Sometimes, our furry friends can have a case of tummy trouble. Dietary indiscretion, or eating something they shouldn’t, is a common cause of doggy diarrhea. It could happen after a sneaky late-night trash can raid, some playful scavenging at the dog park, or even indulging in treats or human food.
Likewise, any sudden change to your dog’s normal diet may result in bloody diarrhea or other undesirable changes to your dog’s poop, such as looseness or the presence of mucus.
Inflammatory Bowel Disease (IBD)
Inflammatory bowel disease occurs due to inflammatory white blood cells assembling in large numbers in the lining of your dog’s intestinal tract. In some cases, this is a response to dietary allergens, or to bacterial infections within the gut, but in many cases no definitive cause can be identified for the development of IBD.
Stomach ulcers can result in severe bloody diarrhea, and have the potential to be life threatening if the ulcer progresses all the way through the stomach lining. Ulcers in the stomach or intestinal lining can occur for many reasons, such as renal (kidney) disease, or the use of steroids or non-steroidal anti-inflammatory drugs (‘NSAIDs’).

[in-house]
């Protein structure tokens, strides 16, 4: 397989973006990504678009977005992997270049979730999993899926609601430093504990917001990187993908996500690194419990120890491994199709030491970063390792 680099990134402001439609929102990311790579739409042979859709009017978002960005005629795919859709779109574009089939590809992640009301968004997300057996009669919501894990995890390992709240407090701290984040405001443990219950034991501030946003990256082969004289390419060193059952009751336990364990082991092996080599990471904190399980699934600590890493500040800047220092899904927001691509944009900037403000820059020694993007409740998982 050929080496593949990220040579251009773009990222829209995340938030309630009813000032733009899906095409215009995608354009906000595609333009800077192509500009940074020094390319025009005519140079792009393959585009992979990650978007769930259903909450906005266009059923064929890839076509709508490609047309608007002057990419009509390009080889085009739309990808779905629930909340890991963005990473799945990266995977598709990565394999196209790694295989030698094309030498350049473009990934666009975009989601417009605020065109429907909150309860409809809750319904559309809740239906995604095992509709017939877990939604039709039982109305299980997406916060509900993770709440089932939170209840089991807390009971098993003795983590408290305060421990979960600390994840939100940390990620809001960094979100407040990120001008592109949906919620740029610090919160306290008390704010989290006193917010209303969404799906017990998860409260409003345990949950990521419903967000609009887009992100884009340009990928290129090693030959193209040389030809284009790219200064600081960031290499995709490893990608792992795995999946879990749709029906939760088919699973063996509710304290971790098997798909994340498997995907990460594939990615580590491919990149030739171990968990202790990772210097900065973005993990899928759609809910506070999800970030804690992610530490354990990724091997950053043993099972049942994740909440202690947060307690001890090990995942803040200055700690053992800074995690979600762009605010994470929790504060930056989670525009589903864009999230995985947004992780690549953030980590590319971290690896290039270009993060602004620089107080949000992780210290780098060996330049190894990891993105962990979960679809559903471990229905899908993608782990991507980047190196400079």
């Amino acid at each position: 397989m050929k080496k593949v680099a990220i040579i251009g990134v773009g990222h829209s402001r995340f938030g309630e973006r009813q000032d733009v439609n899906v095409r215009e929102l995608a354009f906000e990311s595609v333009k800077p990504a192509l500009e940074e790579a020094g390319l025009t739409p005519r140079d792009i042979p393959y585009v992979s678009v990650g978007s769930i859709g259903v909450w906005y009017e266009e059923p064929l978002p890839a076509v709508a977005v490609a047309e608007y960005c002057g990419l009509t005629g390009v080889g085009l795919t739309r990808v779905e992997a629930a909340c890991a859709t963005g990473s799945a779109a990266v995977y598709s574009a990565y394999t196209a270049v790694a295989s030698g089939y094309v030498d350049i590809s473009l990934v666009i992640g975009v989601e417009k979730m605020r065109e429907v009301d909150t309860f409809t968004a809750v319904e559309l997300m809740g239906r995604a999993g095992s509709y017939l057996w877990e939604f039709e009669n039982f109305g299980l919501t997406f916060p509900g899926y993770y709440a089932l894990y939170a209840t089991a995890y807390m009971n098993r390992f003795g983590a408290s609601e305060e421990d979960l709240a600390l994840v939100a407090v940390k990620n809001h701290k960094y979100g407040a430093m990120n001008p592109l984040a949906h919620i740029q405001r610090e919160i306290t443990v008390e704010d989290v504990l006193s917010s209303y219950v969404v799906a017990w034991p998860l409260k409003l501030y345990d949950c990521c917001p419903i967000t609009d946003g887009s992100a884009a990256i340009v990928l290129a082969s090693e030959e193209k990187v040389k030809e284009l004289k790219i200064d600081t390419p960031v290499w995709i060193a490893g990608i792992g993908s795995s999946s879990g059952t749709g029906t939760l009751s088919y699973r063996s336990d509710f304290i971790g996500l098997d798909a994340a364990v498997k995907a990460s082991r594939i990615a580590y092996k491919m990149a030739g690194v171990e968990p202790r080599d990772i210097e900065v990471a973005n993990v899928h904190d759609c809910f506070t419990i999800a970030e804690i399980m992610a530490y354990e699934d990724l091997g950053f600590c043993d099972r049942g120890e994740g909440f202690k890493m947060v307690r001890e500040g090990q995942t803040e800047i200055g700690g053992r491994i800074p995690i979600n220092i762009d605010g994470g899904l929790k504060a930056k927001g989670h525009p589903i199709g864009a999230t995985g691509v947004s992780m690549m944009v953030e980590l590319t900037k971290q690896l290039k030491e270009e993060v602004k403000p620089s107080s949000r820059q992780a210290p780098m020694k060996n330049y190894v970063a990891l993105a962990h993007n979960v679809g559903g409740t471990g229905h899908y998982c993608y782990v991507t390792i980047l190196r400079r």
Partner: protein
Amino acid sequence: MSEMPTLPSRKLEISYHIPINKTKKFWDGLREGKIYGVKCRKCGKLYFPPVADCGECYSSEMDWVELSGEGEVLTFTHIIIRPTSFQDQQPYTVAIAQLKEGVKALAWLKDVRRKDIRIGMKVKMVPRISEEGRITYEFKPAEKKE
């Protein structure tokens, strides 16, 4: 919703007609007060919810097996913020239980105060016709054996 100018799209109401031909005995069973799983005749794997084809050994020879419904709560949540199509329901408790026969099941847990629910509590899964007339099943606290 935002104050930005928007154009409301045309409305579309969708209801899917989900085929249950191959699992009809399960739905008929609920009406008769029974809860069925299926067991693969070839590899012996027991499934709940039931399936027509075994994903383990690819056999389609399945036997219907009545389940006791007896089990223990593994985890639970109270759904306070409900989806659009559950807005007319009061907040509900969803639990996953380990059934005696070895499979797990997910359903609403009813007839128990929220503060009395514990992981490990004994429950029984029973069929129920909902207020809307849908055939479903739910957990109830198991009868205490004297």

Colitis and Gastroenteritis
If your furry friend is experiencing colitis, it means their large intestine (large bowel) has become inflamed. This can happen due to various reasons like parasites, viral and bacterial infections, or certain medications. The inflamed intestines may bleed, leading to the production of bloody stool.
Gastroenteritis refers to more widespread inflammation throughout the digestive tract. In this case, your dog’s stomach lining is inflamed, as well as both the small and the large intestines. The involvement of your dog’s upper digestive tract means vomiting may occur alongside your dog’s diarrhea.
Hemorrhagic Gastroenteritis (HGE)
Hemorrhagic gastroenteritis, also known as acute hemorrhagic diarrhea syndrome, is a sudden-onset condition that most commonly affects small breed dogs, particularly at times of stress (such as being kennelled due to an owner going on holiday). At the time of writing, the exact cause of HGE has not been determined, although several contributing factors are suspected including bacterial infection and a possible allergic component.